Truth Frequency Radio
Sep 12, 2014

194516219Political traffic by Arabs on social media overwhelmingly hostile to, suspicious of U.S.

Homeland Security News Wire

Researchers found that a great deal of the political and social traffic by Arabs on social media is deeply hostile to and suspicious of the United States. U.S. officials are concerned that Internet users in the Arab world understand history and current events in ways fundamentally different from the American version. “Suspicion and opposition to U.S. foreign policy appear to be so deep and so widely shared, even by those on opposite sides of other contentious issues, that it’s hard to imagine how the U.S. could begin to rebuild trust,” said one expert.

The Defense Advanced Research Project Agency’s (DARPA) Social Media in Strategic Communication program, launched to help the U.S. government identify misinformation or deception campaigns by adversaries, thereby allowing U.S. agencies to counter them with correct information, has been focused on the Internet traffic on Twitter and YouTube stemming from users in Arab states. There are more than 135 million Internet users across twenty-two Arab states, and seventy-one million of them are on social media networks. Saudi Arabia has the highest percentage (41 percent) of its citizens on Twitter compared to any Arab country.

Researchers report that a great deal of the political and social traffic holds unfavorable views of the United States.

Defense One reports that political scientists Amaney Jamal and Robert Keohane of Princeton and David Romney and Dustin Tingley of Harvard, released a detailed study of anti-Americanism in Arabic language tweets, and found that 45 percent of the Arabic language postings on Twitter is about the United States and most are negative. “The results are striking. Although the ratio of negative to positive tweets is over 3:1 in both social and political categories, the volume of political traffic is nearly four times as great as social traffic,” the study states. Eighty-seven percent of non-news responses to the Boston Marathon bombing were anti-American, and such events are seen as not important (in view of harms done to Arabs in the Middle East by American policy); “the greatest concern is for the welfare of Muslims in the United States; or a conspiracy of American intelligence agencies is viewed as responsible for the allegations,” the authors write.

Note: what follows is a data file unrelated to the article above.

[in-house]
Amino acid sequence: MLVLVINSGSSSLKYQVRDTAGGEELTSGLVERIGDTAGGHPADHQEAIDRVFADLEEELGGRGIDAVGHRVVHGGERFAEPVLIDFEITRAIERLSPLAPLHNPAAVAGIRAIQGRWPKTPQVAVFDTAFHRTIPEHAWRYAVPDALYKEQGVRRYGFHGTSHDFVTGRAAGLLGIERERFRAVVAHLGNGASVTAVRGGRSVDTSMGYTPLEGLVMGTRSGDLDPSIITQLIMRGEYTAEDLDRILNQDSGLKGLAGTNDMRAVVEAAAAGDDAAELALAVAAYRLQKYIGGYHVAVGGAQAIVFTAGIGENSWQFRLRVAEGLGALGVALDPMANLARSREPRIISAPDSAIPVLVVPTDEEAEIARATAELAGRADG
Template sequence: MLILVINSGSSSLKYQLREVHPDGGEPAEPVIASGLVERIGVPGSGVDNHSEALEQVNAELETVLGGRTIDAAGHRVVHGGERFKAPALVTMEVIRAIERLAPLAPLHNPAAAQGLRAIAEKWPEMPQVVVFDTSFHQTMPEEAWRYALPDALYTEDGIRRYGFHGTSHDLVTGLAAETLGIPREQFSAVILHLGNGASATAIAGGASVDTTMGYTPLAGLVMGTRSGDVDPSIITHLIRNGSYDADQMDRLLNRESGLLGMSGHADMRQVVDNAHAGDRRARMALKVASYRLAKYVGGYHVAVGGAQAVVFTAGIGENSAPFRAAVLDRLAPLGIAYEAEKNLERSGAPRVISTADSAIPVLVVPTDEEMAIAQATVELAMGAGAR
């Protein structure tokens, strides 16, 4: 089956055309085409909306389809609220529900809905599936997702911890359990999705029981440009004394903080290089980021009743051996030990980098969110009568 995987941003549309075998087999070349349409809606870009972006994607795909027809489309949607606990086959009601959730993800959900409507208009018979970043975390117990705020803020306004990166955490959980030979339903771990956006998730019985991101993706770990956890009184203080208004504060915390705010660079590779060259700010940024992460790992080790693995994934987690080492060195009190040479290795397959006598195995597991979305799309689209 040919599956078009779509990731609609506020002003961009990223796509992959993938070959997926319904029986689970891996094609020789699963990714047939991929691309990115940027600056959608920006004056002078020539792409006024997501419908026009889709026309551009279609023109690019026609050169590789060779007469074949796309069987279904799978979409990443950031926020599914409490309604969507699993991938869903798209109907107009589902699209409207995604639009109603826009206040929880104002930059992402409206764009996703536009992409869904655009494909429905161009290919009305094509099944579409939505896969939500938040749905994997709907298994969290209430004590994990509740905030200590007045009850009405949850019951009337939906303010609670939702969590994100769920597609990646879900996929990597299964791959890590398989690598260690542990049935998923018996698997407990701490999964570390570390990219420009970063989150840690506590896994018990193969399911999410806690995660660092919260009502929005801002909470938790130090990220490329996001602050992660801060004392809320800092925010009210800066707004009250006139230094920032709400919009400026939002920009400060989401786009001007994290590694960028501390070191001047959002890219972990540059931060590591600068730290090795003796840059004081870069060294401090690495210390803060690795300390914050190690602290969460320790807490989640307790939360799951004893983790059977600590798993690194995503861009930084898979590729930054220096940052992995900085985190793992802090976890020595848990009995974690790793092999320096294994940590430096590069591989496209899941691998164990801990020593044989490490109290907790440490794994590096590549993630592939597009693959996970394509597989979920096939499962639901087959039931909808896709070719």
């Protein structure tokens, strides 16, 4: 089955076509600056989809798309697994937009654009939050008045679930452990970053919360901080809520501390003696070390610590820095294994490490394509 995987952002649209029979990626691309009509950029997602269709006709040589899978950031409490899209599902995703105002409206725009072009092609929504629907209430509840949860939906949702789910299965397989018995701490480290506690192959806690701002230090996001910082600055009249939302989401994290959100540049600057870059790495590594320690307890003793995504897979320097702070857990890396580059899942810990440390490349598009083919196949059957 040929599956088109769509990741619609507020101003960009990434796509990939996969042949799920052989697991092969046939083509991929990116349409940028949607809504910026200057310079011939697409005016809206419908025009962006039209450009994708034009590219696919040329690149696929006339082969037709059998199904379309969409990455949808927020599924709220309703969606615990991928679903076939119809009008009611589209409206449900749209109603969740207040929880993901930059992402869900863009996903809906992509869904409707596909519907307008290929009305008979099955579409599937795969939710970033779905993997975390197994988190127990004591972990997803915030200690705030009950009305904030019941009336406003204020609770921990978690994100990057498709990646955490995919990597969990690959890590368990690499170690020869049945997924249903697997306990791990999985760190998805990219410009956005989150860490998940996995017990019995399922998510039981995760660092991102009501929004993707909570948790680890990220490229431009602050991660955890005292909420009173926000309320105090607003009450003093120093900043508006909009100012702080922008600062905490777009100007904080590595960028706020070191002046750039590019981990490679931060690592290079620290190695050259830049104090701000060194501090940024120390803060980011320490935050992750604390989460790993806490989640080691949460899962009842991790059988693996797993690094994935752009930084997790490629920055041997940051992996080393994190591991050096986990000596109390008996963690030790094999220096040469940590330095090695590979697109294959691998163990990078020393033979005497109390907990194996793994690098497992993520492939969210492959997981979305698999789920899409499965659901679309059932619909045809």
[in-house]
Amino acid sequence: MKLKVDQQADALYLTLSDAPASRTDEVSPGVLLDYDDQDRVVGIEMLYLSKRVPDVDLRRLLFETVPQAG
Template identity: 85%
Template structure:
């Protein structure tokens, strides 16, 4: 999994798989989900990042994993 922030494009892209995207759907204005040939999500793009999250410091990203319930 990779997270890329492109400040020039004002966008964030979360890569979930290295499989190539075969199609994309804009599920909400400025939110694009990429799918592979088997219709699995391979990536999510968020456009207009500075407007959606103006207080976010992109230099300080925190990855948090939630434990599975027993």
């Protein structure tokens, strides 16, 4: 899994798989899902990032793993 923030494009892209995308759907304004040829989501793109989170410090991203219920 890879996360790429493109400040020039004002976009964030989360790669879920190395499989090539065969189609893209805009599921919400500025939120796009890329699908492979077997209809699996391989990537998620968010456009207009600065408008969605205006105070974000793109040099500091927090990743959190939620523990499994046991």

U.S. officials are concerned that Internet users in the Arab world understand history and current events in ways fundamentally different from the American version. “Suspicion and opposition to U.S. foreign policy appear to be so deep and so widely shared, even by those on opposite sides of other contentious issues, that it’s hard to imagine how the U.S. could begin to rebuild trust,” said foreign policy analyst Joshua Keating. State Department officials also worry that the increasing reliance on social media for news and communications may lead to a generation of Arab Internet users who may be misinformed, considering that several Arab states regulate some Internet content that fails to meet “moral” guidelines.

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